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EQ - what you need to know

'It's not what happens to you, but how you react to it that matters.' - Epictetus

In today’s blog, I am going to whizz through the key points around Emotional Intelligence (EQ) that will help you go from zero to hero. Hold on tight.

1) What are emotions and why we have them

2) The three pillars of EQ

3) The benefits of strong EQ

4) Working out which EQ quadrant you are in

5) How to improve your EQ

1. What are emotions and why do we have them?

Emotions make us 'feel' something. They alert us mentally and prepare our physically for possible action. The result is that emotions help us survive and respond to changing environments.

Emotions play a crucial role in our lives, alerting us to the significance of events and helping us make decisions. They are a blend of nature and nurture, shaped by personal experiences. Emotions influence our perception of different situations. Two people might experience the same event completely differently.

Events with high emotional significance are more memorable. E.g. the birth of your child or remembering what they were doing when they first heard about a plane going into the twin towers.

While emotions can enhance the efficiency and accuracy of decision-making by allowing us to draw on past experiences and quickly assess options, they can also lead to misfires. In extreme cases they can lead to phobias or panic attacks. While emotions provide us with an imperative to act, it is important to evaluate and sense-check them to ensure they align with the reality of the situation at hand.

The EQ tripod

1) Self-awareness is a process of trying to understand what you feel and why you might feel it. You try and observe how you feel and relate it to the situation at hand. Self-awareness is better than suppressing your thoughts. Suppressing thoughts only stores up problems for later.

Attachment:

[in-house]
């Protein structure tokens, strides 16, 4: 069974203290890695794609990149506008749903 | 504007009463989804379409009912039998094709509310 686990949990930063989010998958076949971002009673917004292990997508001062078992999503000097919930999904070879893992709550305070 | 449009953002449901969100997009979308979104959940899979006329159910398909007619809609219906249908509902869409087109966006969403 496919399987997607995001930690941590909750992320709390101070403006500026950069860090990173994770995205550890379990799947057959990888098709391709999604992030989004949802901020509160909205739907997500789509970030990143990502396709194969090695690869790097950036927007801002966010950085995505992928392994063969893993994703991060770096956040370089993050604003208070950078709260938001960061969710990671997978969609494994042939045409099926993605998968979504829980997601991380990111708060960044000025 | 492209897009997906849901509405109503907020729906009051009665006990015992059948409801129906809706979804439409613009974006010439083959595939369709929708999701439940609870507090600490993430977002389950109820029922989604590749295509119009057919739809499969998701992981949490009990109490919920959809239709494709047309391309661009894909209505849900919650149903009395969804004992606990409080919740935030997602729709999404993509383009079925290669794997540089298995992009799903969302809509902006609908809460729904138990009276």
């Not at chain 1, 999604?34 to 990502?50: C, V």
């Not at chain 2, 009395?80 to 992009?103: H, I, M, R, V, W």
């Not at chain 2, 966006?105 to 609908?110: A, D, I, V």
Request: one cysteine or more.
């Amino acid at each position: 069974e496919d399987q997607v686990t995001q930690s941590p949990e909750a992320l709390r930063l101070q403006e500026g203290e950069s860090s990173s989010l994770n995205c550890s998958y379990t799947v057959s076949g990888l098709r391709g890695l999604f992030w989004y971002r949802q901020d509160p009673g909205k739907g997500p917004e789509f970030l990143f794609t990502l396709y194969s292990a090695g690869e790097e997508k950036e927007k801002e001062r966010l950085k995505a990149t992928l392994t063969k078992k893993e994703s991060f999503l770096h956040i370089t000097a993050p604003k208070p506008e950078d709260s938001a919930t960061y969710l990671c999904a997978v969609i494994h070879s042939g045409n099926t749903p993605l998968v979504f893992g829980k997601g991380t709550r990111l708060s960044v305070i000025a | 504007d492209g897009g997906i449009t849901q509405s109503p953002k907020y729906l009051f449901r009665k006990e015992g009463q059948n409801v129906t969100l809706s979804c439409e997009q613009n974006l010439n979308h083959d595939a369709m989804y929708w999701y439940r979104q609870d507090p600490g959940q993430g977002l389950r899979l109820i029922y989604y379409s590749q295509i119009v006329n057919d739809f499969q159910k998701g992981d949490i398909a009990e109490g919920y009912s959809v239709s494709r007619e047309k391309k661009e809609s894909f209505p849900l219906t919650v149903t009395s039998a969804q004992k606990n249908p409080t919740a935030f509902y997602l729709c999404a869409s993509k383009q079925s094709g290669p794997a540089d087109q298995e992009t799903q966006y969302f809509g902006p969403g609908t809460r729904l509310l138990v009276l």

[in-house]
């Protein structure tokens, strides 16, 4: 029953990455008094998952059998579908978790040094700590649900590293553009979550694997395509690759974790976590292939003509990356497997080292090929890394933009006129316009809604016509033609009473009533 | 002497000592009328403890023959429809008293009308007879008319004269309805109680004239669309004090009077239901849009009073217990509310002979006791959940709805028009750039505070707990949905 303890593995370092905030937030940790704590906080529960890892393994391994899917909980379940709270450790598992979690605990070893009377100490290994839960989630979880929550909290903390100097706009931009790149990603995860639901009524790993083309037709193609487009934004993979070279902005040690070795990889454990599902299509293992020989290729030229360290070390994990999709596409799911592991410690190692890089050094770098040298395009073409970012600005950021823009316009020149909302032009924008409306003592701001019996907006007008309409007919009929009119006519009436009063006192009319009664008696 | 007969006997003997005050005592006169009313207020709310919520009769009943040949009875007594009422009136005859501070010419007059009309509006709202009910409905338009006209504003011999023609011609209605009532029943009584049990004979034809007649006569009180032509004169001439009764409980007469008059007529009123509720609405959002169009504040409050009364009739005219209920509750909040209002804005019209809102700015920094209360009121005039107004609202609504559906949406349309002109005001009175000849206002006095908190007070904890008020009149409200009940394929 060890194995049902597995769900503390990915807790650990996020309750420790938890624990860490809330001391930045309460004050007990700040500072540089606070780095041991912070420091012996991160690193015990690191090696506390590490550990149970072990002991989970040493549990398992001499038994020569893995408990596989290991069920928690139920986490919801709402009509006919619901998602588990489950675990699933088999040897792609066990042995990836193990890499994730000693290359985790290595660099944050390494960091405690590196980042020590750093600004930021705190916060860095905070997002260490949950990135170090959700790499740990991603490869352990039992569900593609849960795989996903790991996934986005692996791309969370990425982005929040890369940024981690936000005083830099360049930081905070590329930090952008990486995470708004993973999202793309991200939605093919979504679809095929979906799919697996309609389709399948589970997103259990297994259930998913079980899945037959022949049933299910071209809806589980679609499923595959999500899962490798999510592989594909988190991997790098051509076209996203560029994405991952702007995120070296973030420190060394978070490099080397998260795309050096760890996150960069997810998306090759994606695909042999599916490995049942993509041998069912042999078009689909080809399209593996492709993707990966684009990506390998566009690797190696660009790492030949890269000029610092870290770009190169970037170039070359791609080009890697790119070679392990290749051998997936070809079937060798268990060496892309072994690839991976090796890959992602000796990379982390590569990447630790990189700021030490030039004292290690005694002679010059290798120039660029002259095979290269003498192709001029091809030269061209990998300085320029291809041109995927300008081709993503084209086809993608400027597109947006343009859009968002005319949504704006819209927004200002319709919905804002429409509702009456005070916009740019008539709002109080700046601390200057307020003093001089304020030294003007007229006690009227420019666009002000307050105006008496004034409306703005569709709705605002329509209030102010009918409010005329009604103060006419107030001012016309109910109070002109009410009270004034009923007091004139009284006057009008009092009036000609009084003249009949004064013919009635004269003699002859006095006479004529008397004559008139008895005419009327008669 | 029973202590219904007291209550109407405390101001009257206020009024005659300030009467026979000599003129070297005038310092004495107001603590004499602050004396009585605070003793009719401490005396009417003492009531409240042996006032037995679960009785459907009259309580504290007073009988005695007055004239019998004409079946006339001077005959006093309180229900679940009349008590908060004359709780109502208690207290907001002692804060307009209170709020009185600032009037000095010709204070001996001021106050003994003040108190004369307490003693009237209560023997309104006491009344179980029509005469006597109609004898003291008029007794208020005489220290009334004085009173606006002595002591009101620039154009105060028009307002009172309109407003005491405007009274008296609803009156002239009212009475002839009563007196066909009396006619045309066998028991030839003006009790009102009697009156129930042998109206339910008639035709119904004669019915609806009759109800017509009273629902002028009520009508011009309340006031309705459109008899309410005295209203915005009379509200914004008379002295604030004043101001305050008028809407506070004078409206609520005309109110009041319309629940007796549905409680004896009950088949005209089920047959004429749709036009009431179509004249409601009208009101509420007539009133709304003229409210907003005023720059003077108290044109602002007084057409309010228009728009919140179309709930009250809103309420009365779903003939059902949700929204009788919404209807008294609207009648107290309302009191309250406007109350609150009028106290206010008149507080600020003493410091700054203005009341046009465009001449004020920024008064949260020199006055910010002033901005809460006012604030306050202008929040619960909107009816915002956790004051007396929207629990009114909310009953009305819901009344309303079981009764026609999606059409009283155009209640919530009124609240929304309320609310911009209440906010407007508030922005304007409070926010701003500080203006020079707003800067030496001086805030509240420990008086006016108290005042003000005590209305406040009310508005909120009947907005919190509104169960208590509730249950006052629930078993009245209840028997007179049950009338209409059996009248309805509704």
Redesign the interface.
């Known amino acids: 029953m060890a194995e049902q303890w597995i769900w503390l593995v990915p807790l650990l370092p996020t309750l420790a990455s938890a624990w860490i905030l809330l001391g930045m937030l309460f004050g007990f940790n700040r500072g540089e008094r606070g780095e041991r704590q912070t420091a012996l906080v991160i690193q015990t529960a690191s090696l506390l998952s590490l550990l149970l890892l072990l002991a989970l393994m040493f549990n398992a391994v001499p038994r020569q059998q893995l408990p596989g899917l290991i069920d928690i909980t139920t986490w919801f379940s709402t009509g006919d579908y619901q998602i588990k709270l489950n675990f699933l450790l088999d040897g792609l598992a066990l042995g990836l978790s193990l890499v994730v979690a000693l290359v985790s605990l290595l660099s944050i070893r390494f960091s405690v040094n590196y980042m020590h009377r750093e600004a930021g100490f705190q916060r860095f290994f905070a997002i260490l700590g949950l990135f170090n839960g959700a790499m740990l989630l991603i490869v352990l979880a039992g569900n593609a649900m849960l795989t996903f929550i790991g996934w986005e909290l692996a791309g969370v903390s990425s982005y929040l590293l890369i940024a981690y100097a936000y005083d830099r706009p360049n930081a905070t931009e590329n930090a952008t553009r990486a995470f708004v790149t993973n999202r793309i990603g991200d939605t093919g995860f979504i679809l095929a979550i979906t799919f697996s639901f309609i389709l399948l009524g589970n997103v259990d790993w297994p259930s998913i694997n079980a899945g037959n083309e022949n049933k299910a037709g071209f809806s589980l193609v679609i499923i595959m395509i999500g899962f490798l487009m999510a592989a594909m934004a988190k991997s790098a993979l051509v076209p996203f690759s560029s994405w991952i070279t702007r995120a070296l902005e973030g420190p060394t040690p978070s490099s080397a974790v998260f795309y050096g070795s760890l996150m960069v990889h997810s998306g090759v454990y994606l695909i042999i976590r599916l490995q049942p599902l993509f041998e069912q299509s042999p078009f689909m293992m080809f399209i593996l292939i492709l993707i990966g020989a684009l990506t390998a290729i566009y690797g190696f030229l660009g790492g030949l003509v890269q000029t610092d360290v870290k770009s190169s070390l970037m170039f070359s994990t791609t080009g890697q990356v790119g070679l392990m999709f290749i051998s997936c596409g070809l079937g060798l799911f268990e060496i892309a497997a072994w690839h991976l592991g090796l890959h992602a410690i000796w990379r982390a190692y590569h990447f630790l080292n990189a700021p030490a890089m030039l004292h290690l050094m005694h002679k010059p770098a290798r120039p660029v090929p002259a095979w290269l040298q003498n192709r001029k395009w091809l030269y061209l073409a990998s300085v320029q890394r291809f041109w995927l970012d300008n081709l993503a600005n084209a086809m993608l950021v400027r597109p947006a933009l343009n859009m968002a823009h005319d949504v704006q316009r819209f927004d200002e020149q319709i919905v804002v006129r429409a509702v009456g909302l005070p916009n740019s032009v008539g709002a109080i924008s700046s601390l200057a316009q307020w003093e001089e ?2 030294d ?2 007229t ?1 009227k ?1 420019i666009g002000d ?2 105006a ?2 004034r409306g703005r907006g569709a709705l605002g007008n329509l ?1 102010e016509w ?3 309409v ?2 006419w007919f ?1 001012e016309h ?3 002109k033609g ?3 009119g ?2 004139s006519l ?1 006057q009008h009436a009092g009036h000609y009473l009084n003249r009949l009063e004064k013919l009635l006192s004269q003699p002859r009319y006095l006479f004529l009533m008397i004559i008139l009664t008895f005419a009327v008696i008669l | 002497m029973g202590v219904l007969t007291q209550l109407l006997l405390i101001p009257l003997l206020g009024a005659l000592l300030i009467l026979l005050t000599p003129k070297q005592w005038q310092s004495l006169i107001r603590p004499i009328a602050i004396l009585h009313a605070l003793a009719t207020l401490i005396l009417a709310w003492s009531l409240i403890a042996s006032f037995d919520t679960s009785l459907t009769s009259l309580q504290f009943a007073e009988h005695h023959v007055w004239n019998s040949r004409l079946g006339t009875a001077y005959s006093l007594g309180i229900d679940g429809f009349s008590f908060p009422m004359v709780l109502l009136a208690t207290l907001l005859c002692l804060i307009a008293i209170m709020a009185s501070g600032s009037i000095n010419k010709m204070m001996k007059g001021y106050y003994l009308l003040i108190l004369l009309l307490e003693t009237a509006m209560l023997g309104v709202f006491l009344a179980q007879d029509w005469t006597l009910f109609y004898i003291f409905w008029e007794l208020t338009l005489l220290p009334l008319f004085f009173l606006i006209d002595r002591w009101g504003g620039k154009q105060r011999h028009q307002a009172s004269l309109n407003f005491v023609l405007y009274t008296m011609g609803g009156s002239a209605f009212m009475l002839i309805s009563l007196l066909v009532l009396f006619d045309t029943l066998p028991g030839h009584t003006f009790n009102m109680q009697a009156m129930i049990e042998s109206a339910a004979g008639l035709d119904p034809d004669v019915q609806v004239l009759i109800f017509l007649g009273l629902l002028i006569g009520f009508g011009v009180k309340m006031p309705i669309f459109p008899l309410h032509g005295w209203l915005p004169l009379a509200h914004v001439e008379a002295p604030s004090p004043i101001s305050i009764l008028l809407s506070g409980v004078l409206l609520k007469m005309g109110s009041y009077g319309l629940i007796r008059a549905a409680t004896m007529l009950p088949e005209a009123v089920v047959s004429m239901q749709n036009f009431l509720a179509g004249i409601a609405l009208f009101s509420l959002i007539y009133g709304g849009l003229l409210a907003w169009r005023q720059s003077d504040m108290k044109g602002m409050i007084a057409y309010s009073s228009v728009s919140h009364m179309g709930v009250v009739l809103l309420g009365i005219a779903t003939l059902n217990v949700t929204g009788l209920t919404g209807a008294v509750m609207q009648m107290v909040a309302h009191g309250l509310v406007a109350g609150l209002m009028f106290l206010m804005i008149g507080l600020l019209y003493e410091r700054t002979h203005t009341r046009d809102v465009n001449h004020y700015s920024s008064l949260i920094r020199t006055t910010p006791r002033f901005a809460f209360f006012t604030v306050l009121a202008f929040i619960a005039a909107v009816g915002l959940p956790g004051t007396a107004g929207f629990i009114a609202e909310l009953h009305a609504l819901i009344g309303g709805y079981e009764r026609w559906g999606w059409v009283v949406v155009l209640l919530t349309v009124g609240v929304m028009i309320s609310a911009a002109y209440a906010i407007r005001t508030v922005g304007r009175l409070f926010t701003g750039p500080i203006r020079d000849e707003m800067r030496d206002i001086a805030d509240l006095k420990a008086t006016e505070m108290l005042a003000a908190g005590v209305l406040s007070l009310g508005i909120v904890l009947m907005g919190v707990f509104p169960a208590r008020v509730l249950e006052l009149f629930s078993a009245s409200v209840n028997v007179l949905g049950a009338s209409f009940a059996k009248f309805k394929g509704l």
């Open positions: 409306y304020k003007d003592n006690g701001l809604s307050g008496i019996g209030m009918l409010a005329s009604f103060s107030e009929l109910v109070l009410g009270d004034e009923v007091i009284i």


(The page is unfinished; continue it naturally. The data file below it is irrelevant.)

Below is a four-step practice to ace self-awareness

2) Self-control is when you respond appropriately to the situation in front of you. Self-control in practice means neither overreacting or underreacting. One example of self-control is resisting an urge when you feel your reaction would be damaging. Another example would be providing the necessary energy to a situation (e.g. praise or concern) when you feel a bit flat.

3) Practicing empathy is sensing the emotions of others and imagining what someone else is feeling. In practice this is a mosaic of cues and background or spoken information. Empathy is a powerful way to get someone's perspective.

The benefits of Emotional Intelligence

By building on the three pillars a number of positive traits emerge.

Which EQ Quadrant are you in?

Awareness - ability to understand the feelings of yourself and others

Control - your ability to control your own feelings and influence those of others.

Which of awareness, control or empathy do you need to focus on?

How to improve your EQ

So those are the nuggets from the last two months. I hope you enjoyed the Emotional Intelligence series. Next week - 'Why I meditate'. Don't forget to sign up to the subscription list.

Other blogs in the emotional intelligence series


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